Around A.D. 150, Justin Martyr described worship this way:

1. Was the book written by a prophet of God?

2. Was the writer confirmed by acts of God?


Which Bible Is The Most Accurate

To pick just one version of the Bible is a difficult task. Think of it like picking a favorite breakfast cereal. They all have similarities, differences, pros, and cons so its not easy to say that one is better than the other or more accurate.

It depends on what youre looking to gain. If youre looking for applicable information that you can apply to your life, you might benefit from a New American Standard Bible because the translations correspond more with modern life.

If youre looking for something that more closely represents an older direct translation, the King James or New King James Version might suit you best.

The New Living Translation is considered one of the most dynamic translations because it communicates the information in a language that is easy for everyone to understand.

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Who Decided What Books The Hebrew Bible Would Contain

The canonization of the Hebrew Bible into its final 24 books was a process that lasted centuries, and was only completed well after the time of Josephus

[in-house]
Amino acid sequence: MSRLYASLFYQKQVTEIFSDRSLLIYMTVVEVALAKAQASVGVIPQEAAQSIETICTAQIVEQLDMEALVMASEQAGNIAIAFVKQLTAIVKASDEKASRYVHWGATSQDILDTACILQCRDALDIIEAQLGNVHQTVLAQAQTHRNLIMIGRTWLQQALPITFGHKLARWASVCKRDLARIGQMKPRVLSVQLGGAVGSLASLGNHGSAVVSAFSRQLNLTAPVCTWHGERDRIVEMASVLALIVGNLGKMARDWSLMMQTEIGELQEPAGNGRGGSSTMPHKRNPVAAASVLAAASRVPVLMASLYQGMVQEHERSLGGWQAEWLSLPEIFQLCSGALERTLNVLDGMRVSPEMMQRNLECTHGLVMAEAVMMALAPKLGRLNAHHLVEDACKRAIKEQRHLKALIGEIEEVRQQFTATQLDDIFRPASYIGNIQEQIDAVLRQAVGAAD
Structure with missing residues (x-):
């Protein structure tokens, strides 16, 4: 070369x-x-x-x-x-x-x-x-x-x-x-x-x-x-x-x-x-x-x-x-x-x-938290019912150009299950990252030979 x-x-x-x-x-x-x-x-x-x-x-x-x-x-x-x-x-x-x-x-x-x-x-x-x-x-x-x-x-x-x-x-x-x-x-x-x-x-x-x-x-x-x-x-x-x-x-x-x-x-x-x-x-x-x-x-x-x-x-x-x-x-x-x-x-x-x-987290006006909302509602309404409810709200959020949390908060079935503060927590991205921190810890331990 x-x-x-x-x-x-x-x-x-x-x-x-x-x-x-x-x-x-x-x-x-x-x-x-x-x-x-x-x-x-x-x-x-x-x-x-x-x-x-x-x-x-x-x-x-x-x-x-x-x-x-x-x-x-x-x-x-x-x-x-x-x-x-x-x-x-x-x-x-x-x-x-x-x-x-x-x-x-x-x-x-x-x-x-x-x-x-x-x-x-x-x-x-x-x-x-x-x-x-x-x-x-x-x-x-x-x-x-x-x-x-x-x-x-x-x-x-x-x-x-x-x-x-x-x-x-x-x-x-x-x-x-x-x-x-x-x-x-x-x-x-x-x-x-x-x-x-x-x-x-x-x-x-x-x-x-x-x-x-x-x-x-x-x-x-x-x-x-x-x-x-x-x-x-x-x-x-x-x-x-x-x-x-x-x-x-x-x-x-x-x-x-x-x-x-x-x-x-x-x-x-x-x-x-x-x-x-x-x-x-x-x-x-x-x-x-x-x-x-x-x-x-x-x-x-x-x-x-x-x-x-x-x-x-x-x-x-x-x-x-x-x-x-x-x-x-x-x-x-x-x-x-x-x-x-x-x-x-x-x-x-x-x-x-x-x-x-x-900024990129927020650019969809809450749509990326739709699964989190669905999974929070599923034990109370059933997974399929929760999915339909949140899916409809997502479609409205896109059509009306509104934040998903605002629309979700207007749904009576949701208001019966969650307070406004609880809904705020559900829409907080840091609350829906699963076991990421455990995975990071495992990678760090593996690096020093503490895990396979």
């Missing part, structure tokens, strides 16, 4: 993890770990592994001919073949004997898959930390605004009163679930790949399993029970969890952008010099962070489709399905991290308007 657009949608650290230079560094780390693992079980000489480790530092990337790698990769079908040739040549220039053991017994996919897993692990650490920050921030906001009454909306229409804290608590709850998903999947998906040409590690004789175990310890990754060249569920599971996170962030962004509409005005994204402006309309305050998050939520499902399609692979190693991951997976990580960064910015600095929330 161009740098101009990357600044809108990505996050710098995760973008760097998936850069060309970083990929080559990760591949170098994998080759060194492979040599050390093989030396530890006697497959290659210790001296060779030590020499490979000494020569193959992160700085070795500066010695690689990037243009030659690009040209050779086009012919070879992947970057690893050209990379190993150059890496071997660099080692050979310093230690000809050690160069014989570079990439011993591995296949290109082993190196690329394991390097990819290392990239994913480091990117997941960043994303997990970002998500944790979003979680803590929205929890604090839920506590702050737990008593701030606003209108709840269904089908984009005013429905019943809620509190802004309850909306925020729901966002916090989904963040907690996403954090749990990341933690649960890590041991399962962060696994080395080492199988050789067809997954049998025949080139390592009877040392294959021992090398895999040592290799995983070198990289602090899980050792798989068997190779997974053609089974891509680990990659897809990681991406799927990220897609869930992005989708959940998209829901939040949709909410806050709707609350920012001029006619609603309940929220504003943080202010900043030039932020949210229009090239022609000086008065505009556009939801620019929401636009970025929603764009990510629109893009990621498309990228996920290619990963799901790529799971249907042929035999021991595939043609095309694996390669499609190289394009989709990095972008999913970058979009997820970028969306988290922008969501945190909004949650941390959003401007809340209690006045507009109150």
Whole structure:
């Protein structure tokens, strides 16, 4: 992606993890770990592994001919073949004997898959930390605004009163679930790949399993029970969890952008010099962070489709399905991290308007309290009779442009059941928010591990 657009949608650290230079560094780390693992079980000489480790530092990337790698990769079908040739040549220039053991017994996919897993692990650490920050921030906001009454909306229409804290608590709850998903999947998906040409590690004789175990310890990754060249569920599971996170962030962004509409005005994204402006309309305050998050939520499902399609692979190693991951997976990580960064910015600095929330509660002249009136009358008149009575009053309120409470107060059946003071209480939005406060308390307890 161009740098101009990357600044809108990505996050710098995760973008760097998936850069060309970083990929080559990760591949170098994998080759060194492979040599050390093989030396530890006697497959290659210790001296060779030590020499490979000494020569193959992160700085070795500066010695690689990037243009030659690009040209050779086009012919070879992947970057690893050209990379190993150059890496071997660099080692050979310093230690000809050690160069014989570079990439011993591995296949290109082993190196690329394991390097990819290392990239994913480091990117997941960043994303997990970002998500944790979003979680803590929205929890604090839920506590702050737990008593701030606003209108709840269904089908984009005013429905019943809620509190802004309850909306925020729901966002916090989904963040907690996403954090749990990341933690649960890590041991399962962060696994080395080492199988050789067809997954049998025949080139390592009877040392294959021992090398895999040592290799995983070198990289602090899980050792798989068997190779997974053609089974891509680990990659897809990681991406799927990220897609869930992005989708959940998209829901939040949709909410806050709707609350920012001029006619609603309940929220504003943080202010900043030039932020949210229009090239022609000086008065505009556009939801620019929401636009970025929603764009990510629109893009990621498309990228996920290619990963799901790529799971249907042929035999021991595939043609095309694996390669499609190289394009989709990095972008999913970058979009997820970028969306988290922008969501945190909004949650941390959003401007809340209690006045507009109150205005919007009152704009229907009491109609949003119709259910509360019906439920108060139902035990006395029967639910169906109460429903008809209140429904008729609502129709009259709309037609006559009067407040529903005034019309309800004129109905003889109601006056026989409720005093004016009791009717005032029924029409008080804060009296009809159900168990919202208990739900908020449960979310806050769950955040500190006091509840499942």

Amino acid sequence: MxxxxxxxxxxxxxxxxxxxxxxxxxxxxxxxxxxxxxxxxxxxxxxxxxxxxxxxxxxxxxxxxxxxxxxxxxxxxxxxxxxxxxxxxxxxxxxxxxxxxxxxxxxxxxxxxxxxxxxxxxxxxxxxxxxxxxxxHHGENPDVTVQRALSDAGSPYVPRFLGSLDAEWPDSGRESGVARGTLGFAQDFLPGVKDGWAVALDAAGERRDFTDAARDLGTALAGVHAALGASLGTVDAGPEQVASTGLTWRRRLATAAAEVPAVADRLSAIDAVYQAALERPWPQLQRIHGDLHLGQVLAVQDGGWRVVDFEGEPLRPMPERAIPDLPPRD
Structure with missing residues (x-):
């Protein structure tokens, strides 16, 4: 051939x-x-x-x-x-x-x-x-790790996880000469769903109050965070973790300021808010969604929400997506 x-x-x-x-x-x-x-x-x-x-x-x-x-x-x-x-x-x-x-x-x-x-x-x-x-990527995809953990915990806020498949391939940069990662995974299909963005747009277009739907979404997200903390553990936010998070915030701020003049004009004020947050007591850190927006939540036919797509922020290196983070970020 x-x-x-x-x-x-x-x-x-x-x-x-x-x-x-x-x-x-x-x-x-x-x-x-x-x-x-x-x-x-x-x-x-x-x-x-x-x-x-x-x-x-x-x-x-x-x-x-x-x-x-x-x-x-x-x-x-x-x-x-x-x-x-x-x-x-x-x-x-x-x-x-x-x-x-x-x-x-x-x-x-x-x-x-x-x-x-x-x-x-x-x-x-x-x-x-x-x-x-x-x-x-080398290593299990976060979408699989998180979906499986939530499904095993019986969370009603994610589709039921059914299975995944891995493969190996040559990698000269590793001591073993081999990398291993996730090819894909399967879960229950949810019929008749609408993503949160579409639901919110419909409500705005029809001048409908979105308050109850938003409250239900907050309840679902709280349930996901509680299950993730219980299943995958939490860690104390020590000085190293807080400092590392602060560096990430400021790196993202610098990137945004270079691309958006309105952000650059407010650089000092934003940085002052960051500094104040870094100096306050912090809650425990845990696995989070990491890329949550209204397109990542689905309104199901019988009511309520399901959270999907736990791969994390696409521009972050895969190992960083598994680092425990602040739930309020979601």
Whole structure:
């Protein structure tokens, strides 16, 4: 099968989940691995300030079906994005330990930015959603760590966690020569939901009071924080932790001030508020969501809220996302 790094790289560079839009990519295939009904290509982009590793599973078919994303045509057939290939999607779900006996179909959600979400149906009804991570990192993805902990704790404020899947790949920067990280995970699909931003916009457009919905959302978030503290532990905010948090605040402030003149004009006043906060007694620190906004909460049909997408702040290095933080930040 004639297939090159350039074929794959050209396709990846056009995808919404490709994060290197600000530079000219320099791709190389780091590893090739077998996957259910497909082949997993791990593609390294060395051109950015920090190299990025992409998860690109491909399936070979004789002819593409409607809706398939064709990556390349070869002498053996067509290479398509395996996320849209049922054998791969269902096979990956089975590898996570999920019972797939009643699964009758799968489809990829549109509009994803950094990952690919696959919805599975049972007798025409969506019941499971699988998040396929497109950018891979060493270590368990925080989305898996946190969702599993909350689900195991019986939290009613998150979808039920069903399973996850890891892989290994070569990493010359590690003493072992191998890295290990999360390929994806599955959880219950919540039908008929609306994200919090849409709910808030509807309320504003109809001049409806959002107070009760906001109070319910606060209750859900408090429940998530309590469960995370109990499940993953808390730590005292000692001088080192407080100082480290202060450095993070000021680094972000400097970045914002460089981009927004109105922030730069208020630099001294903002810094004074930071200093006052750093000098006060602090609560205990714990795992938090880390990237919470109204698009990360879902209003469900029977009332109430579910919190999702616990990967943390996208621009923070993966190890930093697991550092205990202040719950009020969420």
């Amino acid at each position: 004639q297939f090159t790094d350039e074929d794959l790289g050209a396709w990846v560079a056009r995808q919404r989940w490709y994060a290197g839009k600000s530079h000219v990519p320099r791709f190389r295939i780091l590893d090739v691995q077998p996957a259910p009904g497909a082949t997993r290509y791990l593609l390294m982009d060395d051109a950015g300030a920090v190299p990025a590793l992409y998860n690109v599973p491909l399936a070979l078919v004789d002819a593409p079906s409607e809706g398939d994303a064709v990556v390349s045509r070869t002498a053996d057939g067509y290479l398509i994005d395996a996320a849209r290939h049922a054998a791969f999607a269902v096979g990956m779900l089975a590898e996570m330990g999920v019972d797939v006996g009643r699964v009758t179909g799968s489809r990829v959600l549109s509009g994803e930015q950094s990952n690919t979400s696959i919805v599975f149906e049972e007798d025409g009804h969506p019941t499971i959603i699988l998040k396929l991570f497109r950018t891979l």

The Hebrew Bible is a collection of 24 ancient Hebrew books considered holy by adherents to the Jewish faith. But how did this collection come about? Who decided which books would be included, and which wouldnt be, and when did this happen?

This process, known as canonization, did not take place at once, or at some great council meeting. It was a protracted process that took place in stages. These stages correspond to the three major sections of the Bible, and during them, the holiness of at least some of the texts was fiercely disputed.

The first stage saw the creation of the collection called The Torah , with its five books. Only later was the second section, the Prophets with its eight books, created. And only then was the third section, the Writings, created too, resulting in the Hebrew Bible we know today, with its 24 books.